Tens Across the Stage
Published July 2023
By Margaret Skay Hartley | 7 min read
For nearly twenty years after its opening in 1948, the Big 10 Ballroom in North Tulsa was the place to be on Friday and Saturday nights.
“The Big 10 was a big deal,” says L. Joi McCondichie, remembering her parents and their friends heading out for date night in the ’60s. “Everybody was dressed up and decked out. The women had their hair done and their jewelry on, and the men were suited and booted.”
The re-dedication of the Big 10 Ballroom drew in crowds, including U.S. Senator James Lankford. Photo courtesy Big 10 Ballroom
Inside the swanky art deco building, among white leather banquettes and stylish glass block features, the Big 10 offered smooth cocktails, a huge dance floor, and a safe place for black performers playing the so-called Chitlin’ Circuit. Giants of soul like Ray Charles, Etta James, Little Richard, Ella Fitzgerald, and Ike and Tina Turner took to the stage every weekend. People hired photographers to capture them in their evening best: Beaded gowns and long gloves or suits and tuxedos were the usual wear. It was hailed the “toniest Negro nightclub this side of Harlem” by the Tulsa Tribune in a 1948 article.
For Andranez Williams-Stephens, the third daughter of Big 10 owner Lonnie Williams, those halcyon days sometimes found her sharing a breakfast table with The Temptations or The Platters, who had performed the night before and slept in one of the family’s spare bedrooms. She chuckles as she recalls her adolescent reaction when Count Basie or Fats Domino came for dinner.
“Here we go again, no Friday night football game,” she’d say.
Looking back, Williams-Stephens recognizes what an amazing time that really was. As the owner of Big 10 Pool Hall on Greenwood Avenue and Tulsa’s second black police officer, her father was a busy man, but along with his business partner and lifelong friend Richard Thompson, he managed to create an iconic venue despite segregation.
Lester "Doc" Shaw, far right, and supporters at the re-opening of the Big 10 Ballroom. Photo courtesy Big 10 Ballroom
“What a life my father gave us,” she says of Lonnie.
However, the music faded in 1966 as performers skyrocketed to fame and became more difficult to book. After a short stint as an overstock warehouse for beauty products, the once-posh gathering place sat empty.
Lester Shaw was a child during the Big 10’s heyday, but he kept hearing stories of the Big 10 and its importance to the community throughout his life. As a music educator at Booker T. Washington High School, Shaw regularly drove past the dismal structure on his way to and from work.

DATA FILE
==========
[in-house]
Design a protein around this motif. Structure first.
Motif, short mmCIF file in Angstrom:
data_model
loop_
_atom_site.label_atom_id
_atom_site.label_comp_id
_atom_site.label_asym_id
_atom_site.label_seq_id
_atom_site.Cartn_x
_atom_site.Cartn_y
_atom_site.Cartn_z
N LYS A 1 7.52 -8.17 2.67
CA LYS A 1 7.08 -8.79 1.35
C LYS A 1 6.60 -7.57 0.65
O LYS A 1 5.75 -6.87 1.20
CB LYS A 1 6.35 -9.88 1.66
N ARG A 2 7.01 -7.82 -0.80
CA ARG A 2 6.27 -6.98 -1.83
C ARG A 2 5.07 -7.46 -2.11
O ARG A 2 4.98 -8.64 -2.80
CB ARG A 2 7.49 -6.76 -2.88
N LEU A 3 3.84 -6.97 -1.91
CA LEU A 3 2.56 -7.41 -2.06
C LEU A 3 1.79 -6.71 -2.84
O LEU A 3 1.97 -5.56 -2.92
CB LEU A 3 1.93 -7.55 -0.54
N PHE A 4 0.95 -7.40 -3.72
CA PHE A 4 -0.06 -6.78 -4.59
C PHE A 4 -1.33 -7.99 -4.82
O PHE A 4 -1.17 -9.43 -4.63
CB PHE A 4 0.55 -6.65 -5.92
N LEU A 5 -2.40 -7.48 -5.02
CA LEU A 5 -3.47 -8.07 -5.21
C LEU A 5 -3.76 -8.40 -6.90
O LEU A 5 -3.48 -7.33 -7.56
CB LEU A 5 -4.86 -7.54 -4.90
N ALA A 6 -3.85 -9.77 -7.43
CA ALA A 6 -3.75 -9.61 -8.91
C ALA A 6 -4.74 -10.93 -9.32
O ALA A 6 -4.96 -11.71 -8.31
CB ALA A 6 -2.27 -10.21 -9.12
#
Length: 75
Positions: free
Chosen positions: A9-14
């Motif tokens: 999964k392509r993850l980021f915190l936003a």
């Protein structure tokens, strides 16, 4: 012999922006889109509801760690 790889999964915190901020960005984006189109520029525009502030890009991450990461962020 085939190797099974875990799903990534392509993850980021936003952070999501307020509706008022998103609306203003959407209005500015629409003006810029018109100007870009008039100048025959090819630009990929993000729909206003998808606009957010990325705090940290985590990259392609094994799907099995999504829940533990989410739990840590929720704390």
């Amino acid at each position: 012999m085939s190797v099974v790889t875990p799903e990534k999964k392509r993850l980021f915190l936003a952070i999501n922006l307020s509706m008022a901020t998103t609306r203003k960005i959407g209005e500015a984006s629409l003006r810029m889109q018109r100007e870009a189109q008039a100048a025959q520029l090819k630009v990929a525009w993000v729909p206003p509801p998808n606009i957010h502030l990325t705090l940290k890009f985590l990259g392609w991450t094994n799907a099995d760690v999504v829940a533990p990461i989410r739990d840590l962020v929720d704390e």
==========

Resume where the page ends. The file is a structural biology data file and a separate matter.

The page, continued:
Shaw began to look past the collapsed roof and trees growing up through the dance floor. Instead, he saw a piece of history and a place where kids could connect to their past while shaping their future. There would be enough space for recording, photography, and filmmaking studios, and they would be able to act or dance or sing on the same stage as music icons Jackie Wilson, Bo Diddley, and of course, Shaw’s favorite, Ray Charles.
After much deliberation, Doc Shaw went all in. He purchased the Big 10 in 2007 and began a fifteen-year slog of fundraising, renovation, and restoration. Finally, the ribbon cutting took place on February 25, 2023, with much fanfare.
Big 10 Ballroom hosts regular concerts, plays, fundraisers, and youth engagement activities. Photo courtesy Big 10 Ballroom
So after decades of silence, the Big 10 is regaining its voice as a vital venue in North Tulsa, as a new addition to Oklahoma’s culture tourism, and most immediately, as a new and bigger home base for Shaw’s A Pocket Full of Hope.
Founded in 2000, APFOH has worked with five thousand kids to inspire them through the performing arts. Shaw brings his heart, his education, and his experience as a musician, counselor, and educator to work with the kids of North Tulsa. In addition to providing a positive peer culture for kids, the nonprofit afterschool program has a 100 percent high school graduation rate.
Keeping those kids in mind, Shaw holds fast to preserving as much of the original Big 10 as possible, even though he was advised early on by one potential donor to tear it down and start over. Shaw declined.
“If I did that, the Big 10 wouldn’t really be the Big 10 anymore,” he says. “I know what it used to be, but the kids need to know and have that historical perspective. It’s hard to empower them without one. Vision needs to go both ways.”
Judy Clark, another of Lonnie’s four daughters, is delighted to see her father’s legacy being shared with new generations in Tulsa.
“I am really happy for the simple fact that someone else has connected to a dream that my father had started,” she says. “Doc Shaw has the same idea but is focused on serving a different need for the black community.”
From showcasing some of the finest black talent to come through the Sooner State to helping create future superstars, Big 10 Ballroom has secured its spot as a pillar of Oklahoma culture.
Big 10 Ballroom and A Pocket Full of Hope
1624 East Apache in Tulsa